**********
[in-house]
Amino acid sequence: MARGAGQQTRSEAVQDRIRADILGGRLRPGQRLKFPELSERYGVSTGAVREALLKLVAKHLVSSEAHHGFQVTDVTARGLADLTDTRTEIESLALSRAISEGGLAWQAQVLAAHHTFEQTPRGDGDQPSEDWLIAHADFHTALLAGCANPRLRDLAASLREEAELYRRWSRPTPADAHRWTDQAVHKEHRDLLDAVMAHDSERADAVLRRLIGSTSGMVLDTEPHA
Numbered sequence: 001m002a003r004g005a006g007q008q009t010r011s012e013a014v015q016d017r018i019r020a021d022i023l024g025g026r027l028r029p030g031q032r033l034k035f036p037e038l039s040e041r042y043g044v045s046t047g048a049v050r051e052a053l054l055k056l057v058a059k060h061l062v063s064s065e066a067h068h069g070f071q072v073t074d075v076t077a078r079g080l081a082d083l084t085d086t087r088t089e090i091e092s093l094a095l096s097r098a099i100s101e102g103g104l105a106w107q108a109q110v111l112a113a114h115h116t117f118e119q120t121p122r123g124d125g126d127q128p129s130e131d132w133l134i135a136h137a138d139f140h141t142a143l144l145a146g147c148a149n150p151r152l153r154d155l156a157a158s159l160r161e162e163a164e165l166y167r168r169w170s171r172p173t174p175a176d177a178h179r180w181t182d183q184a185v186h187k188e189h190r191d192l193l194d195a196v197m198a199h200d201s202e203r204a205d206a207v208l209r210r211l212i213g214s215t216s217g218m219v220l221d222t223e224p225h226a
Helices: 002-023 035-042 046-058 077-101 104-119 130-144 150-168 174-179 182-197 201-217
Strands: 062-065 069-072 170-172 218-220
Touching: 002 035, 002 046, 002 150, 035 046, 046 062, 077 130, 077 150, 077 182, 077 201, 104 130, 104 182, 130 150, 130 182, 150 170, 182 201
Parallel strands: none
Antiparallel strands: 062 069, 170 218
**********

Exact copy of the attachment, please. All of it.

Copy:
[in-house]
Amino acid sequence: MARGAGQQTRSEAVQDRIRADILGGRLRPGQRLKFPELSERYGVSTGAVREALLKLVAKHLVSSEAHHGFQVTDVTARGLADLTDTRTEIESLALSRAISEGGLAWQAQVLAAHHTFEQTPRGDGDQPSEDWLIAHADFHTALLAGCANPRLRDLAASLREEAELYRRWSRPTPADAHRWTDQAVHKEHRDLLDAVMAHDSERADAVLRRLIGSTSGMVLDTEPHA
Numbered sequence: 001m002a003r004g005a006g007q008q009t010r011s012e013a014v015q016d017r018i019r020a021d022i023l024g025g026r027l028r029p030g031q032r033l034k035f036p037e038l039s040e041r042y043g044v045s046t047g048a049v050r051e052a053l054l055k056l057v058a059k060h061l062v063s064s065e066a067h068h069g070f071q072v073t074d075v076t077a078r079g080l081a082d083l084t085d086t087r088t089e090i091e092s093l094a095l096s097r098a099i100s101e102g103g104l105a106w107q108a109q110v111l112a113a114h115h116t117f118e119q120t121p122r123g124d125g126d127q128p129s130e131d132w133l134i135a136h137a138d139f140h141t142a143l144l145a146g147c148a149n150p151r152l153r154d155l156a157a158s159l160r161e162e163a164e165l166y167r168r169w170s171r172p173t174p175a176d177a178h179r180w181t182d183q184a185v186h187k188e189h190r191d192l193l194d195a196v197m198a199h200d201s202e203r204a205d206a207v208l209r210r211l212i213g214s215t216s217g218m219v220l221d222t223e224p225h226a
Helices: 002-023 035-042 046-058 077-101 104-119 130-144 150-168 174-179 182-197 201-217
Strands: 062-065 069-072 170-172 218-220
Touching: 002 035, 002 046, 002 150, 035 046, 046 062, 077 130, 077 150, 077 182, 077 201, 104 130, 104 182, 130 150, 130 182, 150 170, 182 201
Parallel strands: none
Antiparallel strands: 062 069, 170 218